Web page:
Cracked open by hopes of church acceptance.

How fickle our belief in ego;
Just symbols on a screen can challenge our stance.
Complacent and sure we believe ourselves;
Yet a call from a stranger can influence.

Passions and hopes blocked forever;
Key discarded, thrown away.
Buried at last, or so believed;
Just under surface was where it lay.

Thirty years at the struggle;
Personal peace and hope for others.
Despair and joy have marked the path;
So many times I said enough.

Dilemma again, how to proceed?
Realism or idealistic dreams?
Drive with force against the tide?
Failure a certainty on this ride.

Oh dear God, why this pressure?
I did my best without success.
What more is there for me to offer?
Maybe the trying is all that's asked.

Sad to say love again was not present


Hawthorn blossoms deck the lane,
Heralding Mary's month of May.
Cricket matches, statue crowning;
Youthful joy, life full of promise.

The tree that reflects times ahead;
Thorns and flowers on a stem.
All will experience pain and loss;
With joys of life we're all blessed.

Swarm of priests

Swarm of priests for Gozo ferry,
Westminster lot on a jolly.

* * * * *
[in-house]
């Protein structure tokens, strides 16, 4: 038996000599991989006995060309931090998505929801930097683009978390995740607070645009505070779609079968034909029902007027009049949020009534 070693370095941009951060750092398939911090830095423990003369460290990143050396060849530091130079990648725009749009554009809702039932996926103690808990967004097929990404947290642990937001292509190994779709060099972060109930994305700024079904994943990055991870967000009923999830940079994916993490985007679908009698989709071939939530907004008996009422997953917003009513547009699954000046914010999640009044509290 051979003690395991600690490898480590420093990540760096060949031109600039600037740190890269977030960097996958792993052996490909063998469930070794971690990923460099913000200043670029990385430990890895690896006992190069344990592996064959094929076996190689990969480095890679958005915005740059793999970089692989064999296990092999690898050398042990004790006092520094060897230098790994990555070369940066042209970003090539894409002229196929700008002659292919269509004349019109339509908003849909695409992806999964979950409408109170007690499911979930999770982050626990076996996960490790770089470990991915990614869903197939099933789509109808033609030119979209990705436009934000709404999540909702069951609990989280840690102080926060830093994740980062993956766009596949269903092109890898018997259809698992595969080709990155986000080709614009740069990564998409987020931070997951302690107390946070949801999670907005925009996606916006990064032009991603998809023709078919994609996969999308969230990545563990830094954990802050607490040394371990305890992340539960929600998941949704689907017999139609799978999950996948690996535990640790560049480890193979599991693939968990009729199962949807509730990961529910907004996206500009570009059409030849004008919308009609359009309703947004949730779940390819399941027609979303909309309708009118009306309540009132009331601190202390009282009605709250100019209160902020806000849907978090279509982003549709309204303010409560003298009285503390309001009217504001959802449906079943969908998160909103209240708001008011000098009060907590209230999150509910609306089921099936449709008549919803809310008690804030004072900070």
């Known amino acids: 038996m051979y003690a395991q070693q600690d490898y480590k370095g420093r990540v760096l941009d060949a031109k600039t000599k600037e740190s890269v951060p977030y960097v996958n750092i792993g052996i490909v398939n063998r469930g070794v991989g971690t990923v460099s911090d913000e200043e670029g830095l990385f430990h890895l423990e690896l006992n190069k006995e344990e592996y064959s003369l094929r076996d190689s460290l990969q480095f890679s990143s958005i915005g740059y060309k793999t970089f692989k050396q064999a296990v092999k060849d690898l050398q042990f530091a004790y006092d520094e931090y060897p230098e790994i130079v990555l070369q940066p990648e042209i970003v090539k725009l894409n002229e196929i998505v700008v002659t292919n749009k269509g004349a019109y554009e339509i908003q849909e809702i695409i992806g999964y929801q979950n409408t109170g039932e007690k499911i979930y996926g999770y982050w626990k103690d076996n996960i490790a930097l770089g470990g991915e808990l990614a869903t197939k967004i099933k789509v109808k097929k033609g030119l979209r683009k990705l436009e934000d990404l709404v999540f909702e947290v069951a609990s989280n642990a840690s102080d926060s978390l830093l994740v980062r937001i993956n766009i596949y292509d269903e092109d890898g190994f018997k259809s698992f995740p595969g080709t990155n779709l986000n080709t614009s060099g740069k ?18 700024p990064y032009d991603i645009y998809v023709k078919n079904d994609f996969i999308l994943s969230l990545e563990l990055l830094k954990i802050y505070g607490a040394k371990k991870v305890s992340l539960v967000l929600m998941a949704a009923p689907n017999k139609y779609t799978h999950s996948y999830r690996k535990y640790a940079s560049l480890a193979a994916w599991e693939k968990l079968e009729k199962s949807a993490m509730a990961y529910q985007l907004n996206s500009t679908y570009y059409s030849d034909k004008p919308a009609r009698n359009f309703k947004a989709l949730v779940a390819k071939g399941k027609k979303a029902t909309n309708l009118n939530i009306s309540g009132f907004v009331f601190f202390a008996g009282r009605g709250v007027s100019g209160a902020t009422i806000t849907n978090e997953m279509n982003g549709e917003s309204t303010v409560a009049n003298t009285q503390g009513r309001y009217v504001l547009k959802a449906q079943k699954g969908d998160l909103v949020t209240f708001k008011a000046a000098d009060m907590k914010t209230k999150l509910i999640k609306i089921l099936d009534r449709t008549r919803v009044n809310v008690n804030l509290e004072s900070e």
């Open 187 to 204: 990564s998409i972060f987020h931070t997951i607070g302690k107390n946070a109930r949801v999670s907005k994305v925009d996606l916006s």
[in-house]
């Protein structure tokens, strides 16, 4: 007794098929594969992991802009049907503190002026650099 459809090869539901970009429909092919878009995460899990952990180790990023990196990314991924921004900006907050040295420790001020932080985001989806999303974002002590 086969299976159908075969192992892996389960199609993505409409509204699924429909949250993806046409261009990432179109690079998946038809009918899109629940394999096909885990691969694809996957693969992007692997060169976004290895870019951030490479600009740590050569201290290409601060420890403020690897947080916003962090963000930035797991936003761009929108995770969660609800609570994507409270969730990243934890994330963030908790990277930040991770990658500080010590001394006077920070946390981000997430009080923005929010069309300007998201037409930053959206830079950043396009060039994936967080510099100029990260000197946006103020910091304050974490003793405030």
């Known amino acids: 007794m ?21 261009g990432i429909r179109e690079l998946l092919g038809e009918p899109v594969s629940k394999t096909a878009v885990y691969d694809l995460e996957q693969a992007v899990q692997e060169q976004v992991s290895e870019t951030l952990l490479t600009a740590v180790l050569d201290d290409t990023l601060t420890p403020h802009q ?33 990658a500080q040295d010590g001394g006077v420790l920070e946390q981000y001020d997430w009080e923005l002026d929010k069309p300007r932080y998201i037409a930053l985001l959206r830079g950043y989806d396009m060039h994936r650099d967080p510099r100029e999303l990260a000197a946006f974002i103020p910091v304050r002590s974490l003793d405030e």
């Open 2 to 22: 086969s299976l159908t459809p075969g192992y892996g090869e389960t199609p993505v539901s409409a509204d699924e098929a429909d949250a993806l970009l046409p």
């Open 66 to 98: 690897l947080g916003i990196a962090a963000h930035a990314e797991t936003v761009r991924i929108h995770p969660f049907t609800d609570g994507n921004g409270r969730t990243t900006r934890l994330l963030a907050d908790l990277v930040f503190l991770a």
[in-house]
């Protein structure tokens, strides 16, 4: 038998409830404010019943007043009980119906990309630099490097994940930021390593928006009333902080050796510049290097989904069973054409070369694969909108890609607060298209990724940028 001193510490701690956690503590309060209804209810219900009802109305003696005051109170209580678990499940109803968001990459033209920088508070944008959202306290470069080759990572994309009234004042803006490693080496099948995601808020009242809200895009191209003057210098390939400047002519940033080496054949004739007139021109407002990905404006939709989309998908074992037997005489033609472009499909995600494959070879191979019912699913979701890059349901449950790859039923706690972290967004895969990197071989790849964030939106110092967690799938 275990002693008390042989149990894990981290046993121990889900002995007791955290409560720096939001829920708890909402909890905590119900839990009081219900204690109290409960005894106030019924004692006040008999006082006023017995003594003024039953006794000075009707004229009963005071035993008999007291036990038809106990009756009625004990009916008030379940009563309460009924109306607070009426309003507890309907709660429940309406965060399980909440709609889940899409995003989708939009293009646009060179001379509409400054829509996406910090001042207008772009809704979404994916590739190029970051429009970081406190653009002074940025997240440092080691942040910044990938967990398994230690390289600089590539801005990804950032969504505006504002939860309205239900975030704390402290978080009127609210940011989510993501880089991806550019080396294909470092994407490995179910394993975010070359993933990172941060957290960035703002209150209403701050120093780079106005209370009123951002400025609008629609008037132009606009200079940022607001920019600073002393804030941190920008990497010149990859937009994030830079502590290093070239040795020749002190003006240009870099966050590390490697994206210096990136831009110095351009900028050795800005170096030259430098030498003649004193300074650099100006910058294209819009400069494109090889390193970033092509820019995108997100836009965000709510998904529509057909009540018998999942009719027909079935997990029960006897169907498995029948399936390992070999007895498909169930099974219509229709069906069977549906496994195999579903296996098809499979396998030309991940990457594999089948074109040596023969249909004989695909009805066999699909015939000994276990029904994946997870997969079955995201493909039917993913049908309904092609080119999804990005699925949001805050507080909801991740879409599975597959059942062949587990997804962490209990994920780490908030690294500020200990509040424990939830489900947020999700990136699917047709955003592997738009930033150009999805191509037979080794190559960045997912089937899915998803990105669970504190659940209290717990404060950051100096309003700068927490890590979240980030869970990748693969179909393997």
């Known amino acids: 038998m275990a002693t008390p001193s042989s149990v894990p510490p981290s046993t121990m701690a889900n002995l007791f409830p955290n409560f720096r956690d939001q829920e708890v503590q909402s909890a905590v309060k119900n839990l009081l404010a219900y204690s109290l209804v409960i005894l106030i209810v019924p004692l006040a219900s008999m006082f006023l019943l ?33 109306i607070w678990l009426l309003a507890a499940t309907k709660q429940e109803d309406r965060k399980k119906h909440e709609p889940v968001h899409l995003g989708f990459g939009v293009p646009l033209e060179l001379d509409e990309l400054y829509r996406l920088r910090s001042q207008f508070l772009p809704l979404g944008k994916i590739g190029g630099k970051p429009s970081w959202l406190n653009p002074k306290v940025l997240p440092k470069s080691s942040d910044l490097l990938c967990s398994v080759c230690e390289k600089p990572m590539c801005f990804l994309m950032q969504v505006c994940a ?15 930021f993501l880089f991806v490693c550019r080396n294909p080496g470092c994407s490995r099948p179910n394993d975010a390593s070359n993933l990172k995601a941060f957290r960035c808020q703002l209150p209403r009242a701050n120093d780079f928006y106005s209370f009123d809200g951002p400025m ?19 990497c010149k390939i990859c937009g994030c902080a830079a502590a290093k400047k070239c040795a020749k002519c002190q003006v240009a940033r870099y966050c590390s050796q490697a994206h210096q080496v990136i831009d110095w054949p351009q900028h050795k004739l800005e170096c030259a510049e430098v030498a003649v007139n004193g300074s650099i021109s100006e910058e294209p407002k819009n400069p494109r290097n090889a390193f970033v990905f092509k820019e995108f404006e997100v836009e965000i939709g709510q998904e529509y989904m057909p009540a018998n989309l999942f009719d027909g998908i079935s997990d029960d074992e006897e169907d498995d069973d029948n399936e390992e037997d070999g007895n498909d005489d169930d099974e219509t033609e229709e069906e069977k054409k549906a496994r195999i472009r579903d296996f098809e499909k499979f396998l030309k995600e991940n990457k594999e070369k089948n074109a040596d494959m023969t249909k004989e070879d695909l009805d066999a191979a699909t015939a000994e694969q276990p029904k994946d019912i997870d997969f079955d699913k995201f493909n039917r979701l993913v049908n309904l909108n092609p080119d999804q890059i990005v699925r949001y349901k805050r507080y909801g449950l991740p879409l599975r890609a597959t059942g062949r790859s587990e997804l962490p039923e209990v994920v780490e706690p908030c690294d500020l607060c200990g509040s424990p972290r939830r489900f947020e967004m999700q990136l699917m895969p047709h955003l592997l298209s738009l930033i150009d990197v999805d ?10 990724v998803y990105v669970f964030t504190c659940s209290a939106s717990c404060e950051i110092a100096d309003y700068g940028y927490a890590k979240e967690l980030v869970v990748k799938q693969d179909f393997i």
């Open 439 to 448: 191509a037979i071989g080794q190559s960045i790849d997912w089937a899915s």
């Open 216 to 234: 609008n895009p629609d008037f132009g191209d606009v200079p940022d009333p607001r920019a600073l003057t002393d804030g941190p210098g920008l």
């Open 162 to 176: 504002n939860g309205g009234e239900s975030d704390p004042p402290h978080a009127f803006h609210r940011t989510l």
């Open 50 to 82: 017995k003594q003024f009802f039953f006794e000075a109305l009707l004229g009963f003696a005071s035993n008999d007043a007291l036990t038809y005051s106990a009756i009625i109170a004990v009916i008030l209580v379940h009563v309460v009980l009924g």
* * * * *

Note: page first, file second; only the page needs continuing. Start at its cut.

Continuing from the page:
Baseball caps and T-shirts,
But most in clerical gear.

What itinerary will be followed?
Sun bathing, strolls, jive and beer?
Just the same as any tourists?
Or here for more Mass and Vespers?

What a life they have chosen;
Celibacy leading to old life lonely.
How many will last the course,
Without a woman's healing love.


Mass attendees pour out the door;
Done their duty on this Sunday morn.
Carrying with them the Body of Christ;
Completed their journey to Emmaus.

Blessed people with such belief;
Safe and secure in their destiny.
Certain in their path of faith;
What comfort that must bring.

Once knew an ex-Communist;
Disillusioned by Stalin's reign of terror,
Who envied people with such devotion;
Saw it as giving them a corner stone.


Bill said he was a man of no beliefs;
Could find no ism or ology to cling to.
Spends his life in sceptical search;
Such faith it was a privilege to witness.